"Judith" may reflect the resistance of Christian Anglo-Saxons to invading non-Christian Danes in the tenth century. Possibly the poem was written to inspire rebellion against the "enemies of God." Much the same theme is expressed in "The Battle of Maldon," the poetic account of the doomed struggle of a small band of Anglo-Saxon defenders against a much larger army of invading Danes, but here as in Beowulf, the English  commander's death is paradoxically heroic and vain.






Left: a stone marked with Ogam script






























Where was Mael Duin? Several early Irish texts treat of long, fantastical sea voyages long before Columbus!






















The Dream of the Rood
Ruthwell Cross in Northumbria has part of the poem engraved on it.Following Beowulf and "Judith," "The Dream of the Rood" effectively rounds out a first view of Old English heroic poetry. In this highly imaginative poem, the dreamer sees Christ as a bold Germanic hero who girds himself for battle (like Beowulf). Heaven is as a feast in a mead hall. The talking cross appears "as a loyal retainer in the epic mode, with the ironic reversal that it must acquiesce and even assist in its Lord's death, unable through its own command to aid or avenge him" (Stanley B. Greenfield and Daniel G. Calder, A New Critical History of Old English Literature, [1986], 196).

This poem maintains surreal dream qualities of traditional heroic fantasy.  It is elegiac like Beowulf and other melancholy Old English poems such as "The Wanderer," "Wulf and Eadwacer," and "The Wife's Lament." The dreamer presents himself as an exile longing to join his friends in the home of "the high Father." The Christian image is imbued with gloom.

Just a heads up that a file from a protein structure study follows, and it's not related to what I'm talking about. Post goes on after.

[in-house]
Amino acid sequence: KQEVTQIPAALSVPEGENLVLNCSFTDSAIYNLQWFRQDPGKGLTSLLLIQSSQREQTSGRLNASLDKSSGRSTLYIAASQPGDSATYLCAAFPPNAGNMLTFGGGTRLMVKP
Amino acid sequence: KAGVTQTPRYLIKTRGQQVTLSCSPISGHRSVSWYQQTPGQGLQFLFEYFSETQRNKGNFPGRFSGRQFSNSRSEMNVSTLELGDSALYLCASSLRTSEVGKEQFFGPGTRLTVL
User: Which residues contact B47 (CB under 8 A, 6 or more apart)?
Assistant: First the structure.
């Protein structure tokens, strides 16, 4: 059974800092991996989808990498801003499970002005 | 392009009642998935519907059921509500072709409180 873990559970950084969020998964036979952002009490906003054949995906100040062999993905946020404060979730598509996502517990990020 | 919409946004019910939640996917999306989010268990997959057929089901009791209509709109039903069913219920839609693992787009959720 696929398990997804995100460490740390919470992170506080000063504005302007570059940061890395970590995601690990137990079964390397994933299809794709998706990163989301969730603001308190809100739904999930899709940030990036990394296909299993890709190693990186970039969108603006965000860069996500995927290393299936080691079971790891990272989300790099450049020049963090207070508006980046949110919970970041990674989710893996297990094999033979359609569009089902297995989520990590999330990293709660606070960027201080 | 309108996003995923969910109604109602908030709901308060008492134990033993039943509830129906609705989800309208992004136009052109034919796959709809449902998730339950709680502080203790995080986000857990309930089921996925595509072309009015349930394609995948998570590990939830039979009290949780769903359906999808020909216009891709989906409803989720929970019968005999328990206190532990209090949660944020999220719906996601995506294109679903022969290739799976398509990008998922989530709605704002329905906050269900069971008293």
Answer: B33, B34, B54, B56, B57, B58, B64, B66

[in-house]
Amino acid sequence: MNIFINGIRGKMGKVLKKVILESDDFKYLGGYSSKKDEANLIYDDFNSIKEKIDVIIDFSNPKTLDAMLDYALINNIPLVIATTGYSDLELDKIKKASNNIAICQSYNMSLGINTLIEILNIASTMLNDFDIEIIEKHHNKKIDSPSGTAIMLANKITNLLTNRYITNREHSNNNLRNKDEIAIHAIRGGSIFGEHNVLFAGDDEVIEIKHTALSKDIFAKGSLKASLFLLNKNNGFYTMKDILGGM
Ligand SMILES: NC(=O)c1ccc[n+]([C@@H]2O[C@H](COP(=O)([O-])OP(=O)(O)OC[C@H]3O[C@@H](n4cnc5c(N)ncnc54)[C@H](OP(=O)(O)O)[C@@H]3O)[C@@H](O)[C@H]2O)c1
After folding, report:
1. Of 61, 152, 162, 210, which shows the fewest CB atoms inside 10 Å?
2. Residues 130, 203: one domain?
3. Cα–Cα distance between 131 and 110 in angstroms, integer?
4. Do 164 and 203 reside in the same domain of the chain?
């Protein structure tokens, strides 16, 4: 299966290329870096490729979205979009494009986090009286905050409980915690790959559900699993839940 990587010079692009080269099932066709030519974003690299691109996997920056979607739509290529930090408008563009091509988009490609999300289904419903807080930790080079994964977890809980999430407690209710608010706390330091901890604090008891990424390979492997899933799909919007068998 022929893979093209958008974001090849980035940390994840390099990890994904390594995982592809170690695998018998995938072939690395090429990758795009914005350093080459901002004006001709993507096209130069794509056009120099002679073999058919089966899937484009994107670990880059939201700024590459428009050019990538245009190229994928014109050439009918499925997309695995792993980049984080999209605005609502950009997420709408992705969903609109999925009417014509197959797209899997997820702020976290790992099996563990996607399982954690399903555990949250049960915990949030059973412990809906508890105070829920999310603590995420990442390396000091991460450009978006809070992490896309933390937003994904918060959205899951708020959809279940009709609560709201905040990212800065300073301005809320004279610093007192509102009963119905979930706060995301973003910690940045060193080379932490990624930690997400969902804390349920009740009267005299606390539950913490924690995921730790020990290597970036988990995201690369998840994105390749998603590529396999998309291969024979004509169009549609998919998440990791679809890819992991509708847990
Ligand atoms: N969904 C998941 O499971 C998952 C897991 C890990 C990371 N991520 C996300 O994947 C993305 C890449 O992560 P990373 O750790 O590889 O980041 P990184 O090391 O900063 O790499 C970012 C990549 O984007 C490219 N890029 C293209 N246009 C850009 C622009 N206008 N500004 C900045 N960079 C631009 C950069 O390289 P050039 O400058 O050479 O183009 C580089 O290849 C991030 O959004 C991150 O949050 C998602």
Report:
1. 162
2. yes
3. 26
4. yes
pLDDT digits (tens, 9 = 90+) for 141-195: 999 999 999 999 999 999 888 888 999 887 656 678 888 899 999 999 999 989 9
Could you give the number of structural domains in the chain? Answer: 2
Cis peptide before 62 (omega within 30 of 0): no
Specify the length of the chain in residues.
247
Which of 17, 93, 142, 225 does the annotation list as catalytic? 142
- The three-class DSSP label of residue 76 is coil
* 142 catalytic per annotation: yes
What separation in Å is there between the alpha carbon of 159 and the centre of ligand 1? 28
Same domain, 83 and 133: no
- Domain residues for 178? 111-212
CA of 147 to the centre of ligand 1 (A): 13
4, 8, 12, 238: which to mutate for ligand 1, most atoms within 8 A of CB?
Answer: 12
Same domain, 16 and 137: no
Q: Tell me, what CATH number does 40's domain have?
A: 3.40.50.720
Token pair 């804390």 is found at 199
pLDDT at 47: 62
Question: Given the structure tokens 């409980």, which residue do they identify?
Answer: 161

The Ruthwell cross in Northumbria has some of the poem engraved on it. The talking Cross recalls the speaking objects in Old English and Anglo-Latin and Celtic riddles, several of which also recount their origin as plants or trees. Here is where Tolkien's Ents were born.

ST Augustine Gospel, image of Luke

Ethnic and Religious Encounters
This perspectives section of the Damrosch anthology is meant to illustrate the emergence among Anglo-Saxon writers of ideas of Englishness, an English people, an English nation. Who are these people? Or who do they think they are? Who are the enemies or outsiders that are excluded from this group? How are they different? To belong, must one speak Old English? be Roman Catholic? be a defender of Britain against foreign invaders (even if one is descended from an invader of old)?